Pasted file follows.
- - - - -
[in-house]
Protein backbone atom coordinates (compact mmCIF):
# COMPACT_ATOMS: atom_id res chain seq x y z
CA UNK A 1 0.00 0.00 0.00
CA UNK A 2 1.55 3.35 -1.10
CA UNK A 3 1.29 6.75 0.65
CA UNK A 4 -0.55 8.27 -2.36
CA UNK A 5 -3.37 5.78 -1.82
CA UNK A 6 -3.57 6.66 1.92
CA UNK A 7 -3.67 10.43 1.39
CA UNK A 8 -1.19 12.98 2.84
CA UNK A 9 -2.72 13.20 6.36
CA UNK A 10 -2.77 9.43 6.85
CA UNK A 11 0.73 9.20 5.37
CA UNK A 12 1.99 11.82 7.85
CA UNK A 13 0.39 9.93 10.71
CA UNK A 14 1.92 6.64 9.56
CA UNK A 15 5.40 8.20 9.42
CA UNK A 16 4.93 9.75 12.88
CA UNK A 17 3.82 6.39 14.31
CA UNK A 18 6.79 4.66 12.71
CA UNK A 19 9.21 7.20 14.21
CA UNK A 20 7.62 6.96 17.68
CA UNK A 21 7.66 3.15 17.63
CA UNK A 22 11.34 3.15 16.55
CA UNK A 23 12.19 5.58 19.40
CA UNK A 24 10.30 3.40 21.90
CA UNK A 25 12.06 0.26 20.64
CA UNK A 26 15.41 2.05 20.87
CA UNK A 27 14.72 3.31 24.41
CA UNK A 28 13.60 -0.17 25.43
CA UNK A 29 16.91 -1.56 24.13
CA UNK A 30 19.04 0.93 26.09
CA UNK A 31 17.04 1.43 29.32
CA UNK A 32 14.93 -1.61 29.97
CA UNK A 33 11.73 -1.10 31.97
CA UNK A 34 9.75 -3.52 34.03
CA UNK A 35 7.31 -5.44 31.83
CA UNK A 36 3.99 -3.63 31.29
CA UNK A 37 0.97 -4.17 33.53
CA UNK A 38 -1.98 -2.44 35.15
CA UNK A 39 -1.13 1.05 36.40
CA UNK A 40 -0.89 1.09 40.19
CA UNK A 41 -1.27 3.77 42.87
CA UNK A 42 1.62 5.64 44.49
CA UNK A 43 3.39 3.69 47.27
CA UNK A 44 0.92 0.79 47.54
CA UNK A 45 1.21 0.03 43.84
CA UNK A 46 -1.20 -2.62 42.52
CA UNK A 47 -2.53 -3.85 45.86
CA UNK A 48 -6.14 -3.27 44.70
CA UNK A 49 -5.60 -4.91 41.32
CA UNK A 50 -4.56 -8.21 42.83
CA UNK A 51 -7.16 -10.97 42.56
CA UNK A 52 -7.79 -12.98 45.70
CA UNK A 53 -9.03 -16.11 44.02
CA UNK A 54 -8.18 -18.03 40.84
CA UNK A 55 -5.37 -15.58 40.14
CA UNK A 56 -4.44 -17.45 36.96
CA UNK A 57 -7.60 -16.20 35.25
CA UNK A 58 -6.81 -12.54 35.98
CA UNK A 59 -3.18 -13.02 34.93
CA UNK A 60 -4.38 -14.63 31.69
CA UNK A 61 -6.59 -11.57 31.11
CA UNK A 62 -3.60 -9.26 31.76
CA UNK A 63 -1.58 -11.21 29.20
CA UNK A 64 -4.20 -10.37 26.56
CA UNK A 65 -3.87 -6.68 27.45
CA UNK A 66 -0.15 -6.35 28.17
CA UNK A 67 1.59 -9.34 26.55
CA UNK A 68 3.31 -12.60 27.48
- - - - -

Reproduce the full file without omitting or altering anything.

[in-house]
Protein backbone atom coordinates (compact mmCIF):
# COMPACT_ATOMS: atom_id res chain seq x y z
CA UNK A 1 0.00 0.00 0.00
CA UNK A 2 1.55 3.35 -1.10
CA UNK A 3 1.29 6.75 0.65
CA UNK A 4 -0.55 8.27 -2.36
CA UNK A 5 -3.37 5.78 -1.82
CA UNK A 6 -3.57 6.66 1.92
CA UNK A 7 -3.67 10.43 1.39
CA UNK A 8 -1.19 12.98 2.84
CA UNK A 9 -2.72 13.20 6.36
CA UNK A 10 -2.77 9.43 6.85
CA UNK A 11 0.73 9.20 5.37
CA UNK A 12 1.99 11.82 7.85
CA UNK A 13 0.39 9.93 10.71
CA UNK A 14 1.92 6.64 9.56
CA UNK A 15 5.40 8.20 9.42
CA UNK A 16 4.93 9.75 12.88
CA UNK A 17 3.82 6.39 14.31
CA UNK A 18 6.79 4.66 12.71
CA UNK A 19 9.21 7.20 14.21
CA UNK A 20 7.62 6.96 17.68
CA UNK A 21 7.66 3.15 17.63
CA UNK A 22 11.34 3.15 16.55
CA UNK A 23 12.19 5.58 19.40
CA UNK A 24 10.30 3.40 21.90
CA UNK A 25 12.06 0.26 20.64
CA UNK A 26 15.41 2.05 20.87
CA UNK A 27 14.72 3.31 24.41
CA UNK A 28 13.60 -0.17 25.43
CA UNK A 29 16.91 -1.56 24.13
CA UNK A 30 19.04 0.93 26.09
CA UNK A 31 17.04 1.43 29.32
CA UNK A 32 14.93 -1.61 29.97
CA UNK A 33 11.73 -1.10 31.97
CA UNK A 34 9.75 -3.52 34.03
CA UNK A 35 7.31 -5.44 31.83
CA UNK A 36 3.99 -3.63 31.29
CA UNK A 37 0.97 -4.17 33.53
CA UNK A 38 -1.98 -2.44 35.15
CA UNK A 39 -1.13 1.05 36.40
CA UNK A 40 -0.89 1.09 40.19
CA UNK A 41 -1.27 3.77 42.87
CA UNK A 42 1.62 5.64 44.49
CA UNK A 43 3.39 3.69 47.27
CA UNK A 44 0.92 0.79 47.54
CA UNK A 45 1.21 0.03 43.84
CA UNK A 46 -1.20 -2.62 42.52
CA UNK A 47 -2.53 -3.85 45.86
CA UNK A 48 -6.14 -3.27 44.70
CA UNK A 49 -5.60 -4.91 41.32
CA UNK A 50 -4.56 -8.21 42.83
CA UNK A 51 -7.16 -10.97 42.56
CA UNK A 52 -7.79 -12.98 45.70
CA UNK A 53 -9.03 -16.11 44.02
CA UNK A 54 -8.18 -18.03 40.84
CA UNK A 55 -5.37 -15.58 40.14
CA UNK A 56 -4.44 -17.45 36.96
CA UNK A 57 -7.60 -16.20 35.25
CA UNK A 58 -6.81 -12.54 35.98
CA UNK A 59 -3.18 -13.02 34.93
CA UNK A 60 -4.38 -14.63 31.69
CA UNK A 61 -6.59 -11.57 31.11
CA UNK A 62 -3.60 -9.26 31.76
CA UNK A 63 -1.58 -11.21 29.20
CA UNK A 64 -4.20 -10.37 26.56
CA UNK A 65 -3.87 -6.68 27.45
CA UNK A 66 -0.15 -6.35 28.17
CA UNK A 67 1.59 -9.34 26.55
CA UNK A 68 3.31 -12.60 27.48